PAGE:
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Northern Ireland

3 tours from £799pp

Popular for history, heritage, cosmopolitan cities and incredible natural landscapes, Northern Ireland certainly has no shortage of things to see and do. A small area of land that certainly packs a punch, be prepared to be blown away when you visit this spectacular corner of the UK. From the wild coastlines of the north to the charming towns that dot the countryside, join us in discovering favourite destinations such as Newcastle and Downpatrick in beautiful County Down, vibrant Belfast with its traditional pubs, cultural attractions and fantastic 'craic', or Northern Ireland's first UNESCO World Heritage Site, the famous geological wonder of the Giant's Causeway. 

Interested? Browse our escapes to Northern Ireland today and see if we can inspire your next adventure… 


Book ahead with peace of mind Guaranteed Departures until the end of August
The Mountains of Mourne & the Giant’s Causeway

With mountain scenery and fascinating towns, discover the charm of County Down, Belfast, the Giant’s Causeway, Derry and Dublin.

  • 5 nights hotel with Irish breakfast
  • 3 evening meals for 2023 tours or 4 evening meals for 2024 tours
  • Convenient regional joining points

Availability:

  • 2024
    • Jan
    • Feb
    • Mar
    • Apr
    • May
    • Jun
    • Jul
    • Aug
    • Sep
    • Oct
    • Nov
    • Dec
  • 2025
    • Jan
    • Feb
    • Mar
    • Apr
    • May
    • Jun
    • Jul
    • Aug
    • Sep
    • Oct
    • Nov
    • Dec
Book ahead with peace of mind Guaranteed Departures until the end of August
Ireland’s Ancient East & Lakelands

Discover the magical Irish Lakelands, a region immersed in history, tranquillity and natural beauty, with the chance to also explore the bustling capital city of Dublin.

  • 5 nights hotel with Irish breakfast
  • 4 evening meals
  • Convenient regional joining points

Availability:

  • 2024
    • Jan
    • Feb
    • Mar
    • Apr
    • May
    • Jun
    • Jul
    • Aug
    • Sep
    • Oct
    • Nov
    • Dec
  • 2025
    • Jan
    • Feb
    • Mar
    • Apr
    • May
    • Jun
    • Jul
    • Aug
    • Sep
    • Oct
    • Nov
    • Dec

Northern Ireland Highlights

The star of any holiday to Northern Ireland is the breathtaking Giant’s Causeway. Surrounded by heavenly scenery of luscious mountains, these unique, 40,000 basalt stone columns tell the tales of ancient Irish giants.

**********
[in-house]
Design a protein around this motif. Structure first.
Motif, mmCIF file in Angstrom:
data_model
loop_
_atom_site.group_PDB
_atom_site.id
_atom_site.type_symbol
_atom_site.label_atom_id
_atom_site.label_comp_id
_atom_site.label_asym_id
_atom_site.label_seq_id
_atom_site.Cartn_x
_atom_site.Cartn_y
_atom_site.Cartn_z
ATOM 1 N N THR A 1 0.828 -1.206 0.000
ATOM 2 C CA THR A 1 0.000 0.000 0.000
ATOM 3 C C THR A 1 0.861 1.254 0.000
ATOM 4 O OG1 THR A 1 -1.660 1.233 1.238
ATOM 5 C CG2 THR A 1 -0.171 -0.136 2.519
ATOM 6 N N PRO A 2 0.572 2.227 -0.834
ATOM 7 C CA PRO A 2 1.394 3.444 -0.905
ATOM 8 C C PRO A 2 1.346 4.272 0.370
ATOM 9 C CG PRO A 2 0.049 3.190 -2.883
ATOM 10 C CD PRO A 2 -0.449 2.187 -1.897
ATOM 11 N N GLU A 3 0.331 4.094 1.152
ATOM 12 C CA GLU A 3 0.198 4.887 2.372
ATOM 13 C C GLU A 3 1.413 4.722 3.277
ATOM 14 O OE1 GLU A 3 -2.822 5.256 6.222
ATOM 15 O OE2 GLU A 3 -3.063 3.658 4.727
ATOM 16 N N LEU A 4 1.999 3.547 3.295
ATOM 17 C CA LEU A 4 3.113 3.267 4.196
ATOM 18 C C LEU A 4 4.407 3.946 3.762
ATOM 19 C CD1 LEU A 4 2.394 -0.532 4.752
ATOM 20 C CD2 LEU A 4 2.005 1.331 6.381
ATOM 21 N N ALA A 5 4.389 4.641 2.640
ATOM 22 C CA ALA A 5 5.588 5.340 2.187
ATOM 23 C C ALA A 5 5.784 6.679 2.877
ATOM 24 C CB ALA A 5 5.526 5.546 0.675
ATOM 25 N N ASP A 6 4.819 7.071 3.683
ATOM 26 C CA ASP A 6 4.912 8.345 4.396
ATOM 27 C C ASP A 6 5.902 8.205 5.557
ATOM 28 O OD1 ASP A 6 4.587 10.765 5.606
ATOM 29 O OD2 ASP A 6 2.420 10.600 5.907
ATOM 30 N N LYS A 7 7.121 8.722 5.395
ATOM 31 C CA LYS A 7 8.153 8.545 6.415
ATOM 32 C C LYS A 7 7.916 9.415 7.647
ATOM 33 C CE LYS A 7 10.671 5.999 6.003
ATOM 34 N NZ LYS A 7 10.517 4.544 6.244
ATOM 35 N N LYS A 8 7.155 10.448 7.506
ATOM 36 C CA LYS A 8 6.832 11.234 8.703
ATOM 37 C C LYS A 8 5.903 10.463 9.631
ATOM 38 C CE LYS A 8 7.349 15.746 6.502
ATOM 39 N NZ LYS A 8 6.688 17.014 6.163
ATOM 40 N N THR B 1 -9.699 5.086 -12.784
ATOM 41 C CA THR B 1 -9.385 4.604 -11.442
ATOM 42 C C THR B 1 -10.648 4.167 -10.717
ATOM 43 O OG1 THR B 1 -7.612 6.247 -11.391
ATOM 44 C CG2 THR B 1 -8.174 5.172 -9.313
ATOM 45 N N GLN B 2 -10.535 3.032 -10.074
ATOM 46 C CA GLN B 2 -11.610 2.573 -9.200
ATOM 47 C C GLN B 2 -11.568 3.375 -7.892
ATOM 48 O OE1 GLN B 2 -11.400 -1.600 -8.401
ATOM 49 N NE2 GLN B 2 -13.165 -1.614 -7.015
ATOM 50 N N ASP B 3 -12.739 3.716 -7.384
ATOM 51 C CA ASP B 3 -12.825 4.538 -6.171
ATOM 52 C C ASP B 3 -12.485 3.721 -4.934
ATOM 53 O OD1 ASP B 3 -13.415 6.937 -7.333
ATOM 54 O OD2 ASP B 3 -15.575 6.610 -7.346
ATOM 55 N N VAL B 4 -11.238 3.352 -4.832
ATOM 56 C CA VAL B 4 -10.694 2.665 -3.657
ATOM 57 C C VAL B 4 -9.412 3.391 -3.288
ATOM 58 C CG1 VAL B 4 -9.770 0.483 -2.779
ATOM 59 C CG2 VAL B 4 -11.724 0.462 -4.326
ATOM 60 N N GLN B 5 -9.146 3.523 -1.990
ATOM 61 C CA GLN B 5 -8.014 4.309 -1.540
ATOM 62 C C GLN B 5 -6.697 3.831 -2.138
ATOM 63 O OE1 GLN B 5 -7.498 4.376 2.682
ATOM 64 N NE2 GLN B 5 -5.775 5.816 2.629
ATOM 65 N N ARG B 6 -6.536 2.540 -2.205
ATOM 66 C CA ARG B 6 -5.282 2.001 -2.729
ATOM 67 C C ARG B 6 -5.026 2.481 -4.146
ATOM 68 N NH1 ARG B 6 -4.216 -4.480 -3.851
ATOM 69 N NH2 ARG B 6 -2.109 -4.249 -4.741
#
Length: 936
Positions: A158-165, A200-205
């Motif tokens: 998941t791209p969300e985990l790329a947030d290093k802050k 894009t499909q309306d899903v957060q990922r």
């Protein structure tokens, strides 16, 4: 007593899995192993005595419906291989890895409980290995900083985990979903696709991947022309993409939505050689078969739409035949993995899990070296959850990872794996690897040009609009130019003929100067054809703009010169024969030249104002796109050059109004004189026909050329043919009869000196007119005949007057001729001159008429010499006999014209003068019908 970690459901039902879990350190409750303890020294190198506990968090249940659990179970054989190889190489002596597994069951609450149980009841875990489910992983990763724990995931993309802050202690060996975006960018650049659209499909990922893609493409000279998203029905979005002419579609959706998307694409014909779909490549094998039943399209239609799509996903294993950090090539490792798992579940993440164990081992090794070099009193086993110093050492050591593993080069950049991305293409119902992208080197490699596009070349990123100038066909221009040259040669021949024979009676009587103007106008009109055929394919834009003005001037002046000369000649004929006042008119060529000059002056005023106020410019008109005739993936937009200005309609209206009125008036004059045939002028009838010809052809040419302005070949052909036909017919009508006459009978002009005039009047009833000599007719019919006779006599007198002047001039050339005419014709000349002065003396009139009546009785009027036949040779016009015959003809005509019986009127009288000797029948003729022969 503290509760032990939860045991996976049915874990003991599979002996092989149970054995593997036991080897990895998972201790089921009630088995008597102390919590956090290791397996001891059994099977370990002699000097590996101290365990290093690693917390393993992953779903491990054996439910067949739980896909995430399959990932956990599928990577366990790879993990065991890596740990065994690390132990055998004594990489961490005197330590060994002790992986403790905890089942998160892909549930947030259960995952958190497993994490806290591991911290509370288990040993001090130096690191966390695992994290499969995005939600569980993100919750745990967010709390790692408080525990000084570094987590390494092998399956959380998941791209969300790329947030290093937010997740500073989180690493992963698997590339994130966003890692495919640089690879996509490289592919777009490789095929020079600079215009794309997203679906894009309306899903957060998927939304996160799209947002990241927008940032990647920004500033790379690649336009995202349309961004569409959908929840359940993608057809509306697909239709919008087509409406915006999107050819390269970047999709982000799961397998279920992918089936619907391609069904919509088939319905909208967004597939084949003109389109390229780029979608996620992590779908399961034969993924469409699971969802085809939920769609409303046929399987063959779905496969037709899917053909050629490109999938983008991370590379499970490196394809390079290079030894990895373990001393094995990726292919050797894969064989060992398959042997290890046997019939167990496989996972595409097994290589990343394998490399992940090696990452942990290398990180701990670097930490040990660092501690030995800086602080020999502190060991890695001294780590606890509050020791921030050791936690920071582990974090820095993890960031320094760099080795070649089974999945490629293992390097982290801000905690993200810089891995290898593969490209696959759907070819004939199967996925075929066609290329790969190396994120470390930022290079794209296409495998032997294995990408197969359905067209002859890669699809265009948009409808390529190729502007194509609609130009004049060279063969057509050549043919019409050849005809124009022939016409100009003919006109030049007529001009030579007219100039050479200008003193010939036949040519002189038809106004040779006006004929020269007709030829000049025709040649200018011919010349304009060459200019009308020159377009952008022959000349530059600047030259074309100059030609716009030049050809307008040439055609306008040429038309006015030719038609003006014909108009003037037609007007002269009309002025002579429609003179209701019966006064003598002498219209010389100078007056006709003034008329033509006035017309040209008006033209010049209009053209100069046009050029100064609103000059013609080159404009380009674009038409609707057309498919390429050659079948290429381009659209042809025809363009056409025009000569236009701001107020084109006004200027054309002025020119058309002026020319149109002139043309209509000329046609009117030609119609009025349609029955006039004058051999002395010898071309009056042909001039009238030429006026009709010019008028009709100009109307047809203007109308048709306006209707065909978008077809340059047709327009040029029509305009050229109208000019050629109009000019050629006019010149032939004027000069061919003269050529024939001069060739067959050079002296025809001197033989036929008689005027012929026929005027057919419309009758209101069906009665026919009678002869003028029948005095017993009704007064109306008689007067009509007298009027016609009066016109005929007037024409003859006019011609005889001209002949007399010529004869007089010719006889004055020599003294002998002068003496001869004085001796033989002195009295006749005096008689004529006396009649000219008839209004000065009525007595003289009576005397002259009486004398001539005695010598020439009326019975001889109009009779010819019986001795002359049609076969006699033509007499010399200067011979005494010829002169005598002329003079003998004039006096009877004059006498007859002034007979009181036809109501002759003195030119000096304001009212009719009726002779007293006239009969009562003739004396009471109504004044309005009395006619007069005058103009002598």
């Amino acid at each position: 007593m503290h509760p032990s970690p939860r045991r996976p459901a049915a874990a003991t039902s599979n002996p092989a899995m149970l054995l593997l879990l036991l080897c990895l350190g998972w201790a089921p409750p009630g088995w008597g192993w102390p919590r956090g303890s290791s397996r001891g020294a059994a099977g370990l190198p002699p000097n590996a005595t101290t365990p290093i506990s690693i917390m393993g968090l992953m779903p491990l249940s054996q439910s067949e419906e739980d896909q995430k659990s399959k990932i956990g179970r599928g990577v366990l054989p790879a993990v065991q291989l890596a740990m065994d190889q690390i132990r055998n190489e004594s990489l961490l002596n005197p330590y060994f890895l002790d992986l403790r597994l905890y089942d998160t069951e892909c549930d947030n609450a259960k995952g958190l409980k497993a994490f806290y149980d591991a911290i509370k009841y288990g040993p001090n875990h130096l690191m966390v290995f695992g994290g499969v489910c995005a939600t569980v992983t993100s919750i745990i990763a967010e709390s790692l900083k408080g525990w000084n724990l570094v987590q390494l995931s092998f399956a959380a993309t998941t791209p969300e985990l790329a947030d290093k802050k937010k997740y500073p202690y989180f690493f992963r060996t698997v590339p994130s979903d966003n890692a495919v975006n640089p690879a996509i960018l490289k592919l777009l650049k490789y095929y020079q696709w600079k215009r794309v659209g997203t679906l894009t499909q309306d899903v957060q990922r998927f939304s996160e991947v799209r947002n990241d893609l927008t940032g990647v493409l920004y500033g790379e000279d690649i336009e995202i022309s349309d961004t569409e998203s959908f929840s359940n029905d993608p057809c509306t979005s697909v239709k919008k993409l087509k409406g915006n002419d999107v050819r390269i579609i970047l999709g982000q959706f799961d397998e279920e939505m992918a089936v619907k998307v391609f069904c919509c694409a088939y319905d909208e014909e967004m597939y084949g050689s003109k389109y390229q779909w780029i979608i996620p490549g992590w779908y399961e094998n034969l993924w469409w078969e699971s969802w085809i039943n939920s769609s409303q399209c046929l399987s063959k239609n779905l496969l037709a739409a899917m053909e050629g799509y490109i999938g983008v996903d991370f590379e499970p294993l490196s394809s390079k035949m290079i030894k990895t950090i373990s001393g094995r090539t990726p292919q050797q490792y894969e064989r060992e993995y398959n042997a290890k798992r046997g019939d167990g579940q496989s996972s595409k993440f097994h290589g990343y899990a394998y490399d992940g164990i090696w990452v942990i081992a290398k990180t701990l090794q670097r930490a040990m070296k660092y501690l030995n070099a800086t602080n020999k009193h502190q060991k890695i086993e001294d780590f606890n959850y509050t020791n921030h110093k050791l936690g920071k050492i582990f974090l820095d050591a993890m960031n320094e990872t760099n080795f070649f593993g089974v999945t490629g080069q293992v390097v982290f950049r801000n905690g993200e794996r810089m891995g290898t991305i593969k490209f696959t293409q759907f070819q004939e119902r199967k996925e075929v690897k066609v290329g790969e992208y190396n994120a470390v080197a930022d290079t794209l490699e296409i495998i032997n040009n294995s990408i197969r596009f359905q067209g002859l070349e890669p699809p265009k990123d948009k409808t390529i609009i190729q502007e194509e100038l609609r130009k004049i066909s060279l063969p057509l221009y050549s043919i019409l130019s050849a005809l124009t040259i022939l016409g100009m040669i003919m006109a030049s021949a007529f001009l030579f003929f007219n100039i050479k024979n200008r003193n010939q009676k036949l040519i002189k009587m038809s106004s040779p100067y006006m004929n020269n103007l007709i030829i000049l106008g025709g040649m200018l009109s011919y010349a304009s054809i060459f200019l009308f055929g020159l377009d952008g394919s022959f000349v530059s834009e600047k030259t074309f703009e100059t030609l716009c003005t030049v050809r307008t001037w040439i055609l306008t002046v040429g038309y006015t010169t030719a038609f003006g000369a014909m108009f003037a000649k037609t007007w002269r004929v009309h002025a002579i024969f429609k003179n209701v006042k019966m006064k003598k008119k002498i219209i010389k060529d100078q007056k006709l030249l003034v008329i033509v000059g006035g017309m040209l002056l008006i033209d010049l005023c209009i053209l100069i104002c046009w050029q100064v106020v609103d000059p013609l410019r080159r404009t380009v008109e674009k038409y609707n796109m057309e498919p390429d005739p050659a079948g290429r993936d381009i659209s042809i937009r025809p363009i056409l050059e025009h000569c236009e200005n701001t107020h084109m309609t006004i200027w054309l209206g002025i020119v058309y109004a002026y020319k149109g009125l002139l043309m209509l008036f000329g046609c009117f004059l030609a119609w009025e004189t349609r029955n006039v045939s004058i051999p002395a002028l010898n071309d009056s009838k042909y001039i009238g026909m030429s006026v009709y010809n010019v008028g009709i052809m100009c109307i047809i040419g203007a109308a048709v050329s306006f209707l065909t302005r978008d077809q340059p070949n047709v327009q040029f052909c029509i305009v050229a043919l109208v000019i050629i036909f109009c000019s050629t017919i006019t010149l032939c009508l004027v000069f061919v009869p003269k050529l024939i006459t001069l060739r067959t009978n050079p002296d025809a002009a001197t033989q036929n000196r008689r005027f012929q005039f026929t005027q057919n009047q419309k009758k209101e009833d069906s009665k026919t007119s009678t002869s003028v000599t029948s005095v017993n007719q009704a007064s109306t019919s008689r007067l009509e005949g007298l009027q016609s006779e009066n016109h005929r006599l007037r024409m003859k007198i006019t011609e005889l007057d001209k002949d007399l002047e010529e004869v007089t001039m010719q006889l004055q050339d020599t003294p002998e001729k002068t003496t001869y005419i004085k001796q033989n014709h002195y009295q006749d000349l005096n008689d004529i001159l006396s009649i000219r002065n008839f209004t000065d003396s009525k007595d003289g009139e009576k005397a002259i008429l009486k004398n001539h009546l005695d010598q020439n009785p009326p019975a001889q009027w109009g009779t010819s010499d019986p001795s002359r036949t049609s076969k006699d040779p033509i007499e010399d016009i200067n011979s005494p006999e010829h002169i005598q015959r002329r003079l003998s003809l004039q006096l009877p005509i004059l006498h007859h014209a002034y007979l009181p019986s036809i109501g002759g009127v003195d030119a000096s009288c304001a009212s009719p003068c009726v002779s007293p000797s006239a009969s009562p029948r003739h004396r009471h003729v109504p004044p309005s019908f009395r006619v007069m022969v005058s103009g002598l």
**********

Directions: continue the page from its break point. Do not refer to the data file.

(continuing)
For those seeking destinations with a fascinating past, Derry (Londonderry) is one of the most complete walled cities in Europe, and its iconic Peace Bridge, Georgian Quarter and 17th century walls are waiting to be discovered.

No trip to Northern Ireland is complete without time spent in the fantastic capital of Belfast. With a unique blend of stunning architecture, magnificent landmarks and cosmopolitan shops and eateries, you’ll find friendly hospitality at every turn. Make it one to remember in Northern Ireland!

Things to do and local attractions

Browse key sights and the popular tours you can see them on.

  • See the walls of Derry – the only remaining completely walled city in IrelandView Tour
  • Enjoy a pint of Guinness at the famous Crown Liquor Saloon in BelfastView Tour
  • Retrace the life and history of St. Patrick at the St. Patrick CentreView Tour
  • Visit the Titanic Belfast® Exhibition which tells the story of the iconic shipView Tour

Local Information

  • Capital Belfast
  • Language Irish and English
  • Currency GBP or IEP
  • Tip 10-15%
  • Time Zone GMT
  • Electricity Three pin plugs. 240V.

Must See

See the spectacular Giant’s Causeway – according to the legend, giant Finn McCool threw stones into the sea to build a causeway to Scotland to take on his rival, Bennandonnar

View Tour

Food & Drink

Fifteens

A traditional tray bake from Ulster, fifteens consist of 15 digestive biscuits, 15 marshmallows and 15 cherries – hence the name – combined with condensed milk and desiccated coconut, then left in the fridge to set and cut into slices. Typically enjoyed at festivities and celebrations, you can also find fifteens in shops and bakeries. 

Oysters and Guinness

Oysters paired with Irish stout may sound like a strange combination, but the flavours blend surprising well and the dish has been a favourite since 1837. The sharp, crisp taste of fresh oysters contrasts the smooth, creamy flavour of Guinness, and you can sample this iconic pair at many bars and restaurants across Northern Ireland, including the oldest pub in Belfast!